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To add a log rule simply click on the red plus to add a new rule.  Click on the General tab and set the Chain to be forward and the In. Interface to be your external gateway (Where the internet is connected to):
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Click on the Action tab and set the Action to be Log and then also set a log prefix if you want and then click Apply
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The new rule should appear in the list of rules.  Simply drag the rule to where you want it to take affect.  If you want to see all traffic including allowed traffic then drag the rule to the top of the list.  If you only want to see dropped traffic then drag it just above the drop rule:
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To see if in action click on the Log button and you should dropped traffic starting to appear.

Friday, 31 August 2012

VCAP5-DCD – My Experience Part 2

After failing my very first attempt at a VCAP exam, namely the VCAP5-DCD exam, I re-sat it again today in Leeds.  In my previous post I wrote about what I used to prepare for the exam and that design isn’t really my day to day job but it was something that I wanted to improve on hence preparing for and taking the exam.  This time around I used exactly the same material but made tons of notes along the way.  I can also recommend the following video by Scott Lowe and TrainSignal:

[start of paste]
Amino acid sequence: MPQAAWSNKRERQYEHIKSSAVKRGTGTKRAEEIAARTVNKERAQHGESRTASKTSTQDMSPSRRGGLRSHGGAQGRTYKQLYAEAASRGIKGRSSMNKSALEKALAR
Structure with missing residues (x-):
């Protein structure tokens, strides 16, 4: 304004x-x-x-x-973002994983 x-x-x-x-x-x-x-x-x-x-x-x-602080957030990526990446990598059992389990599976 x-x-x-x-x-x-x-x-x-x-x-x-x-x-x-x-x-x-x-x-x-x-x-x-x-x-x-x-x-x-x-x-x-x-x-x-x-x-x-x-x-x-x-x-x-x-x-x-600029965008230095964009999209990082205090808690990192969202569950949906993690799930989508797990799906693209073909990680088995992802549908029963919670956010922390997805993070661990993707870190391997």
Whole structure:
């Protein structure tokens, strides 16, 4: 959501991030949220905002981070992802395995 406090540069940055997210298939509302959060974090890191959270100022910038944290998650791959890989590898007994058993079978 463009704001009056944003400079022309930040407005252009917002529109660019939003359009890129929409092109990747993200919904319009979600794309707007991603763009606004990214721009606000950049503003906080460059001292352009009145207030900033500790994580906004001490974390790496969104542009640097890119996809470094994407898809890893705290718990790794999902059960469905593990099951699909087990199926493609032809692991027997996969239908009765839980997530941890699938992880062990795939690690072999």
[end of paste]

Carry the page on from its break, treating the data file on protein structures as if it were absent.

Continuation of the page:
I’ve put a copy of my notes in my dropbox account so if you want grab a copy then click here (Please excuse all spelling and grammatical mistakes as this was mainly for my use).  You’ll be glad to know that I passed the exam this time around.  It was closer than I’d like but a people always say, a pass is a pass.  I think I’ll take the weekend off and then start the VCAP5-DCA which hopefully I should find a little easier.

Saturday, 25 August 2012

RouterBOARD – Connecting an external antenna

The external antenna can be connected to the RouterBOARD RB751G-2Hnd via the MMCX connector at the front:

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The part that you need can be found here.  You can either connect the antenna to the MMCX connector and leave it dangling or you can actually fit it into the casing, which is extremely easy to do.  To fit it into the casing take the RouterBOARD casing apart with a flat head screwdriver from the bottom.  Once apart you will notice the cover which can be peeled off revealing four slots:

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Simply choose a hole to connect the antenna to and push out the slot.  Carefully put the sticky cover back on and cut out the hole with a knife or screwdriver:

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It doesn't need to be neat as the antenna will slide over the edges.  Once you have cut the hole in the cover simply feed the antenna cable through hole and back out the antenna slot hole and connect to the MMCX connector.  Replace the bottom of casing and ensure the antenna is fitted securely into the slot:

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To enable the antenna log into your RouterBOARD and go to Wireless and then the Interfaces tab.  Double click your wireless interface and select the HT tab and set the Antenna Mode to be Antenna B:

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Friday, 24 August 2012

RouterBOARD – Backup / Restore Config

To backup your RouterBOARD configuration log on via the Winbox and select the Files menu item: